Jason Becker’s Words

Hey homeboys and girls. Thank you for clicking this button. As you probably know, I am a guitarist/musician. You also probably know I have had amyotrophic lateral sclerosis (ALS or Lou Gehrig’s disease) for over 20 years. In 1989, doctors told me I would probably die in 3 to 5 years. What you probably don’t know is why I am still alive, and why in the past four years I haven’t gotten any worse, only better. I have gained at least 30 pounds and three muscles, and this is with a few months here and there of getting off health food and treatments.
What follows is a hint of the nature of the book I am currently writing. Since most of this article was written for a spiritual magazine called “Self Realization”, it leans toward that aspect of my life. My book will have much more music and other stories about dealing with ALS, as well as more spiritual stuff.
Please take what you want and leave the rest. I sincerely hope you enjoy yourselves while reading this.
Included are other web sites or names that help and inspire me. Thanks.
By the way, Ammachi is my guru. Yogananda’s teachings, in themselves, are perfectly wonderful and, as you will see, they work. But to have a mahatma living like Amma, that you can actually talk to, and touch is the greatest thing one could hope for. An organization like “Self Realization Fellowship” sometimes thinks it can interpret the master’s teachings and not just let them stand on their own. All I am saying is no one religion or organization has a patent on enlightenment. Follow your own heart.
We live thinking we will never die.
We die thinking we had never lived.
Cut it out.
Part One
My Life, Music, Disease and Yogananda
Before I tell a little about my life and start gushing over Paramahansa Yogananda and Ammachi, let me say it is not my place to tell anyone how to live or think. Most of my beautiful friends are not Self-Realization Fellowship members, although they respect Yogananda and Ammachi. I just think this could be a neat story that might increase one’s own faith, from wherever it stems.
When my parents (my first gurus) were young, they read Autobiography of a Yogi. So while I was growing up, I sometimes saw Yogananda’s picture on the front cover. Even when I was a toddler I thought, “this guy has all the answers”, just from the photo.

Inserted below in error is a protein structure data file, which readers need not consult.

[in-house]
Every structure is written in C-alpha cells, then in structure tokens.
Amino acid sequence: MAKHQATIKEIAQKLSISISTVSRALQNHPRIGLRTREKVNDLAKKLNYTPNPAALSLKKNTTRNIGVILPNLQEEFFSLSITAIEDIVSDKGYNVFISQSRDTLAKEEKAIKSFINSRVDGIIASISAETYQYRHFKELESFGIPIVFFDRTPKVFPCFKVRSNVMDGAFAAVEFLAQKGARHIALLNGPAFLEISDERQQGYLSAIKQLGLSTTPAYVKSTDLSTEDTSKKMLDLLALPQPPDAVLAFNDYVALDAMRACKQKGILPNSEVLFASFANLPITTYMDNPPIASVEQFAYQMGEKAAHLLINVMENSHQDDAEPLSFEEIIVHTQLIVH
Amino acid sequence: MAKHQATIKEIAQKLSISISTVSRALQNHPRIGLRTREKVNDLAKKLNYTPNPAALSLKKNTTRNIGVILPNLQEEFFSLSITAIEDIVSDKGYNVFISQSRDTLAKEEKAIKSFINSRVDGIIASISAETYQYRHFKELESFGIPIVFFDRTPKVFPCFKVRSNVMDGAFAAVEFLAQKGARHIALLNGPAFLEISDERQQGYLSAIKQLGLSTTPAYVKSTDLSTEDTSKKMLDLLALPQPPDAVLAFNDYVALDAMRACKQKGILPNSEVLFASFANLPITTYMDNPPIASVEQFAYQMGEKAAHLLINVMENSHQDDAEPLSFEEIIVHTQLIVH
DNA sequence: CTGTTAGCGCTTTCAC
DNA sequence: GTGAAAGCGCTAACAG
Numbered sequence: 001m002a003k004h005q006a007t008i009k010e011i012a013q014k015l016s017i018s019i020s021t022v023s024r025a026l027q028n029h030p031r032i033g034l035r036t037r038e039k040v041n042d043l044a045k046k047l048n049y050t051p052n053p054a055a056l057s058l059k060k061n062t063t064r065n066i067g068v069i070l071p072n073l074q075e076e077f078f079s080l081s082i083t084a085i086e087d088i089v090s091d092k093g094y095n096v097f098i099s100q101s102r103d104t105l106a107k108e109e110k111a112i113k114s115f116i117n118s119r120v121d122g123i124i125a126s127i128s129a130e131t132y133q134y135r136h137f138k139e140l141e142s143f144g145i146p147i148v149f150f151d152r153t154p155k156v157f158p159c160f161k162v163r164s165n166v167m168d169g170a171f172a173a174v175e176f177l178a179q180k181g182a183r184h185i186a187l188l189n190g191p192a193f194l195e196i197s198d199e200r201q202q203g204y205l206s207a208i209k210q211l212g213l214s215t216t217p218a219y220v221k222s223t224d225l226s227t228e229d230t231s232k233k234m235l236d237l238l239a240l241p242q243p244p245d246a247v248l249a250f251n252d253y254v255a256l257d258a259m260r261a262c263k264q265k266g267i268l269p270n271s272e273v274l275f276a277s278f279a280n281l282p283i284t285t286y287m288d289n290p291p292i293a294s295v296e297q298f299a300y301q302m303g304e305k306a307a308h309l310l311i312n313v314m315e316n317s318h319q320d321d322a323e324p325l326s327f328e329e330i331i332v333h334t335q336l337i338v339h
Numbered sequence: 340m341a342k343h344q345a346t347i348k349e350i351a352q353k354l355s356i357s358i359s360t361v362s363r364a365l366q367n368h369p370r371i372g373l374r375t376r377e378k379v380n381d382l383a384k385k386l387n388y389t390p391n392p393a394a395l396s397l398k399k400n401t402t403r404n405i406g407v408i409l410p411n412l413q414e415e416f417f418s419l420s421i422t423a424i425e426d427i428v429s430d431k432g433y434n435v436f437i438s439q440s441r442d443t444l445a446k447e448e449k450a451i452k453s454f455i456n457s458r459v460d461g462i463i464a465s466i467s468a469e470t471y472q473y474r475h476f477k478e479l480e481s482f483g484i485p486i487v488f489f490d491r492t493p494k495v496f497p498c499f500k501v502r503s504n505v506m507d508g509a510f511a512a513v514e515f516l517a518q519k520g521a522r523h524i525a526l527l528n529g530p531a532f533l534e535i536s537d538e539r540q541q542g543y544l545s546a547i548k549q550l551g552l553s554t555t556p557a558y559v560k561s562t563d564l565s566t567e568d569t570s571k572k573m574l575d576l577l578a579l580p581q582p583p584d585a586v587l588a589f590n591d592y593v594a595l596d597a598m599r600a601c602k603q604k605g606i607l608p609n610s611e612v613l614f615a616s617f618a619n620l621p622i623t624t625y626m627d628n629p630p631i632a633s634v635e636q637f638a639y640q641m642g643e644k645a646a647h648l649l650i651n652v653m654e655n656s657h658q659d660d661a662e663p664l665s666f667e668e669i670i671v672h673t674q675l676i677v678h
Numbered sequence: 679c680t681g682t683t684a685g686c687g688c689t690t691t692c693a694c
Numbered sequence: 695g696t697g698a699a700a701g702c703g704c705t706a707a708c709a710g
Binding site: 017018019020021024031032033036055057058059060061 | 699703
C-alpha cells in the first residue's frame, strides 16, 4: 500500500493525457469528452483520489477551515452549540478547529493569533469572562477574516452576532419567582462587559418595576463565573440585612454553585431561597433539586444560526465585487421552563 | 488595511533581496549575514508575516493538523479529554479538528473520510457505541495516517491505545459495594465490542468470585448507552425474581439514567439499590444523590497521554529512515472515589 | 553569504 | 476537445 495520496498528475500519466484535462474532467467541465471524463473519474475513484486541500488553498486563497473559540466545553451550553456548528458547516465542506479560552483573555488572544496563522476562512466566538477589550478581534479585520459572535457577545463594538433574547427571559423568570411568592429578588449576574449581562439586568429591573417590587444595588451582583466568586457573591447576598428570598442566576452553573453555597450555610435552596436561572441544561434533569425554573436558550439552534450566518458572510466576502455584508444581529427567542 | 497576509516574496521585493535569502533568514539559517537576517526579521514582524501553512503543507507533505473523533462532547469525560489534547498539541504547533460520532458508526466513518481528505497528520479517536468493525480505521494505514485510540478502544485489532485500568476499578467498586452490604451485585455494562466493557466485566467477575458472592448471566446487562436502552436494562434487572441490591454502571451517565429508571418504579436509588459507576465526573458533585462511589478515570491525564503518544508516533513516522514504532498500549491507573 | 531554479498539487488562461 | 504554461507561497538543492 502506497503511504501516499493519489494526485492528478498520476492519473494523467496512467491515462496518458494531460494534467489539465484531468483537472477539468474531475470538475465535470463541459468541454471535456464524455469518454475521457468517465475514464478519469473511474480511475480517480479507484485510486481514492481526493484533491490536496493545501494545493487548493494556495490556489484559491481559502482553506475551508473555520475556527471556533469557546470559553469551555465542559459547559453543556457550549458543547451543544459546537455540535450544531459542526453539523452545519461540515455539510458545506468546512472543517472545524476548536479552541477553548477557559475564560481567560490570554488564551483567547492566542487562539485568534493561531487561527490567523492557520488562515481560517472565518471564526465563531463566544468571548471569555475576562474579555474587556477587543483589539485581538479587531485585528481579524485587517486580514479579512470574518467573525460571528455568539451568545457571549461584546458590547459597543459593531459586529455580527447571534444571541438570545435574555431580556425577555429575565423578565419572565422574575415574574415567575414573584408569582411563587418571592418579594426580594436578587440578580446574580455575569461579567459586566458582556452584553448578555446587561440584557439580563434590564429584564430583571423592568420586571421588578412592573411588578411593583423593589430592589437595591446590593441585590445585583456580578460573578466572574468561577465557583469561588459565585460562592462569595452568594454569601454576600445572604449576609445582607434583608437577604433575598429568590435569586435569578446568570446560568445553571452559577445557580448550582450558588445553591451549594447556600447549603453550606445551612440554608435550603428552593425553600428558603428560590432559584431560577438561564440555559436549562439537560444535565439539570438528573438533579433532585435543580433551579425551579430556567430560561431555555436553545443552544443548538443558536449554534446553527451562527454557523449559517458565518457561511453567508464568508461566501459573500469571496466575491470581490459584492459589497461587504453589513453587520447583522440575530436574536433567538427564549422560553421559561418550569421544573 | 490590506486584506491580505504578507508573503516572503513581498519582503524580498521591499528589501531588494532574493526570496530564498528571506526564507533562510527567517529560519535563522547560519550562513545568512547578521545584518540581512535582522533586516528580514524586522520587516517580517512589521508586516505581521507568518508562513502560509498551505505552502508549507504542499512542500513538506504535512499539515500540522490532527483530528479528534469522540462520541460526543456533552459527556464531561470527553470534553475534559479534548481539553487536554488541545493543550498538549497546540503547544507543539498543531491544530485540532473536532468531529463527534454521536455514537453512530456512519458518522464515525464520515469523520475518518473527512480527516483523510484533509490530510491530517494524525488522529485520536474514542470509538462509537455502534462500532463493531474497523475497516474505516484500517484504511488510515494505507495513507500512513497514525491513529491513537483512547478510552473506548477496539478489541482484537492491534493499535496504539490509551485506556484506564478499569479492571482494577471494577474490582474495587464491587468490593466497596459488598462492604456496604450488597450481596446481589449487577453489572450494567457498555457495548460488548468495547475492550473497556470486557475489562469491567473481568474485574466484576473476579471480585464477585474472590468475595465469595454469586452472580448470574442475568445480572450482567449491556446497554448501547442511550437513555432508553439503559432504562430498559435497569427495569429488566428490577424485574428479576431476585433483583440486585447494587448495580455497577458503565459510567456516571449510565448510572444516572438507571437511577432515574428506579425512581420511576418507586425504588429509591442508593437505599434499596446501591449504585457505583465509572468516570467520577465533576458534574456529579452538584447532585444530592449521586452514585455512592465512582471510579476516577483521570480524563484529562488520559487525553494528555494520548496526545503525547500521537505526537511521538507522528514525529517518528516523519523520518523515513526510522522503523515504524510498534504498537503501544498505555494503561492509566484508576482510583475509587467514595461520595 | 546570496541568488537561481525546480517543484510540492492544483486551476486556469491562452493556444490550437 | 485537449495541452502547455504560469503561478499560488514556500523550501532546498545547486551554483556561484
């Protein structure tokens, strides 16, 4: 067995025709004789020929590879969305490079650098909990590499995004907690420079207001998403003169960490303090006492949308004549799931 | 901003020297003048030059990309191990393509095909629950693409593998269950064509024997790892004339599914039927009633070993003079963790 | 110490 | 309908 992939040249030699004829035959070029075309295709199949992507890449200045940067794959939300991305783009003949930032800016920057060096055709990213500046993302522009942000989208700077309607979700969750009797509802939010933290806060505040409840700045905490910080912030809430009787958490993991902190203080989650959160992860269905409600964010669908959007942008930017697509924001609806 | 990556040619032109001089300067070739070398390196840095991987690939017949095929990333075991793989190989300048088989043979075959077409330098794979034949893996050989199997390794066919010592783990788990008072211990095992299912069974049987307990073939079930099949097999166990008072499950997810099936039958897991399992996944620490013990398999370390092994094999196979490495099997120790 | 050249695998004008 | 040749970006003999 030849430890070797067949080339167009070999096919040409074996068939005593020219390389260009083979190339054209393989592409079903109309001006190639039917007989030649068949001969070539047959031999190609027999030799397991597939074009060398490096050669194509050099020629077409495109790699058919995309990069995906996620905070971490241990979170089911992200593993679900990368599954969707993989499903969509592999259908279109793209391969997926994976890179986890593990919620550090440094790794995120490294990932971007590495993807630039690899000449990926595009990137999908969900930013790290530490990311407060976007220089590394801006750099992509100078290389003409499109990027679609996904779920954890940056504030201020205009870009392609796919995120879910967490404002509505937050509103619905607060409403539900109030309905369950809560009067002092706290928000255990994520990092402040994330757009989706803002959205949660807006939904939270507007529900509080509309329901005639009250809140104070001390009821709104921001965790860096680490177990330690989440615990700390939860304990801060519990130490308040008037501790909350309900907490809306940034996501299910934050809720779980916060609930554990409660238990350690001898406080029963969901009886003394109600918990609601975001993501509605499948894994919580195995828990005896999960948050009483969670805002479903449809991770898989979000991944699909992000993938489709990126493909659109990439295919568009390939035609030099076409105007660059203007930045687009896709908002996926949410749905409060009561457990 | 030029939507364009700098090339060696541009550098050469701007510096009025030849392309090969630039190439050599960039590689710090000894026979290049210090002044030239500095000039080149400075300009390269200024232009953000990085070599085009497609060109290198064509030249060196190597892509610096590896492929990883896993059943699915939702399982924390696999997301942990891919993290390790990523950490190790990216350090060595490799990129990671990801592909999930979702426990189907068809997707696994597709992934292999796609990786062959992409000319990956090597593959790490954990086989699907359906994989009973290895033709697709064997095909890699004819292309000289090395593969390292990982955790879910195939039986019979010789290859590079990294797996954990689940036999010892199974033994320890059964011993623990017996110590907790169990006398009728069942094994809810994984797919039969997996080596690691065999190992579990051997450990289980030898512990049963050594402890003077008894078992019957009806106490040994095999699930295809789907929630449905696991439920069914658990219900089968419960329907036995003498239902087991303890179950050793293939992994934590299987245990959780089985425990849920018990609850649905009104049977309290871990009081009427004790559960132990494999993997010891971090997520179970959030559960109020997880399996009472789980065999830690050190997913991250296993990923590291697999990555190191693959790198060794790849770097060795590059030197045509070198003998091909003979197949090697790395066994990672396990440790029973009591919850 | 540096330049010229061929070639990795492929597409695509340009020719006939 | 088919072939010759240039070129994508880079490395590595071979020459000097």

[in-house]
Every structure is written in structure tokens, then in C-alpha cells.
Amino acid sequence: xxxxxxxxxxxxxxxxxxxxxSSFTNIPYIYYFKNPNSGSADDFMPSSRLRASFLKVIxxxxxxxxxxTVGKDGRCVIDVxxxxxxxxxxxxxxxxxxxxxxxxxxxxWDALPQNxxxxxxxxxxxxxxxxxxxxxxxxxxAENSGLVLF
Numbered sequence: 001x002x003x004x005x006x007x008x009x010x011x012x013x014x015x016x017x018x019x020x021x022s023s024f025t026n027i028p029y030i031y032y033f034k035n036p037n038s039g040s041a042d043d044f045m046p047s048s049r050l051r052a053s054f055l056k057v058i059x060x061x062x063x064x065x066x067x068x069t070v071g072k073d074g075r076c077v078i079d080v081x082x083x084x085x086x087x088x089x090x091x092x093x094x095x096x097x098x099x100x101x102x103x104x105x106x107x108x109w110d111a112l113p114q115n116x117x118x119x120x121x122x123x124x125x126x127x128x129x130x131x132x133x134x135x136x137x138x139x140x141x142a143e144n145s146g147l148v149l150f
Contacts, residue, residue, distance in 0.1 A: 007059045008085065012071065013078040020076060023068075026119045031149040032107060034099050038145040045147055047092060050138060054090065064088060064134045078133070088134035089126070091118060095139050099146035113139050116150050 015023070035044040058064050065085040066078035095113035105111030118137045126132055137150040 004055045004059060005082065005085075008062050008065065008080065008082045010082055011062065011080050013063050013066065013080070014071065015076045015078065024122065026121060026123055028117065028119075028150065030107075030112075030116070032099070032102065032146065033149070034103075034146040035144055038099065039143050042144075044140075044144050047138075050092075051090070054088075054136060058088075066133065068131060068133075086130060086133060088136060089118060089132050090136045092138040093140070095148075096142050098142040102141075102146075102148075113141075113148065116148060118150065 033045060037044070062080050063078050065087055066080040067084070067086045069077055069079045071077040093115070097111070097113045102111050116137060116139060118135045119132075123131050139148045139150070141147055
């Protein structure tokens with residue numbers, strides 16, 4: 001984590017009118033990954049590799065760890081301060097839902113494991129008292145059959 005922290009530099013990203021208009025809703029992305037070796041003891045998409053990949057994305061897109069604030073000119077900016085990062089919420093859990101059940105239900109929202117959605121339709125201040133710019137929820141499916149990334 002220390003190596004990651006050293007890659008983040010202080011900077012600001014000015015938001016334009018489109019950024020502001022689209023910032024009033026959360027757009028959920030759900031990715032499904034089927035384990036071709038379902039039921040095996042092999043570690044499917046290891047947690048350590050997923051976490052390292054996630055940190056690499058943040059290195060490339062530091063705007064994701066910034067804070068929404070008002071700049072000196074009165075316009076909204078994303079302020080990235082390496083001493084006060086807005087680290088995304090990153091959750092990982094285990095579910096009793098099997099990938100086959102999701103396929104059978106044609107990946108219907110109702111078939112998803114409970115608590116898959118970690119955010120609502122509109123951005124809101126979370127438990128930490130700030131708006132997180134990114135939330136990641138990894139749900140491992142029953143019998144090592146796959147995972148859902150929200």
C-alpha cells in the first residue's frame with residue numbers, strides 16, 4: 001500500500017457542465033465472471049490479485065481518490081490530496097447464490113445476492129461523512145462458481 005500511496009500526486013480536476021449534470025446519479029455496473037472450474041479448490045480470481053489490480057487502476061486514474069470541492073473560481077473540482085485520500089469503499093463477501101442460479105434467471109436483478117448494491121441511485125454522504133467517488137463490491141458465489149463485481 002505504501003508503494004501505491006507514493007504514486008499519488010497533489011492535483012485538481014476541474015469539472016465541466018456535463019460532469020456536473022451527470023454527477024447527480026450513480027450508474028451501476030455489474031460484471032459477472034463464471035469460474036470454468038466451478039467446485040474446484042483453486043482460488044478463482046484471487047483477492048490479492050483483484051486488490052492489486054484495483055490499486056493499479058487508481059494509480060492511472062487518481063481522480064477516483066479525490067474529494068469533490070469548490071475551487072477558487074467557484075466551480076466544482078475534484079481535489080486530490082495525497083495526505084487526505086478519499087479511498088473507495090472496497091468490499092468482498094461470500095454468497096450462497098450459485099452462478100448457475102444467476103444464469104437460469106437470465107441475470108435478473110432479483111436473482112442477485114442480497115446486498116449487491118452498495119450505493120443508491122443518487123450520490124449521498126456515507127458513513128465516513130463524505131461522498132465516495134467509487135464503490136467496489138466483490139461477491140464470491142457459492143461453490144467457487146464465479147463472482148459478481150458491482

Paramahansa Yogananda
My father, Gary, played classical guitar and my uncle, Ron, played blues guitar so I wanted to be a guitar hero. I loved Bob Dylan, Robbie Robertson, and Eric Clapton; then Jeff Beck, Jimi Hendrix, Stevie Ray Vaughan and Eddie Van Halen. From age five on I constantly practiced and visualized being a great musician. I absorbed every kind of music I heard; classical, Indian, Japanese, Native American, jazz, blues, rock – whatever I could find. I performed at school and little coffeehouses from sixth grade on.
When I was in elementary school there was a creek right around the corner where my family and friends would play. The Richmond SRF Temple was built right above it. While walking home from high school, my friends would take SRF literature and read it sort of mockingly, although the meaning couldn’t be mocked. I laughed with them but always said, “He is right though. This guy knows everything.” At the time, though, I thought I also knew everything because I was a very good guitarist and giving lessons to even my music teacher.
At sixteen I met my friend, Marty Friedman, a great guitarist, who had already made a few records. We made four albums of virtuoso-type guitar playing together, and played in Japan and across the U.S. We never got mega-famous together but we are known all over the world for our innovative style.
In 1989, I left to do my own music only. I joined David Lee Roth’s band when I was 20. Every guitarist would have killed for this gig because the two previous guitarists, Eddie Van Halen and Steve Vai were respected stars. In 1990, I won a readers’ poll for best new guitarist in “Guitar Magazine”.
I had been having a lazy limp in my left leg so I went to check it out. I was diagnosed with ALS (amyotrophic lateral sclerosis or Lou Gehrig’s disease) and given five years to live. The doctors even said don’t bother changing your diet because it won’t help. My family was crushed, but I just laughed and said “no way, I have things to do and I’m invincible.” My father quit his job to come and live with me in Glendale. I went to Vancouver to record Dave’s album, “A Little Ain’t Enough,” which went gold. The weakness traveled through my body into my fingering hand and, unbeknownst to all but my friend, Steve Hunter, I barely finished the album with a shaky hand. I was also falling often. I laughed about it because I thought it would go away. (See TEARSHEET GALLERY)
One night I dreamed I was running. When I woke up I forgot I had a limp, so I walked totally normal until I remembered, “oh, yeah, I have a limp”. Then I immediately stumbled. That showed me that if you have control over your mind, you can do anything.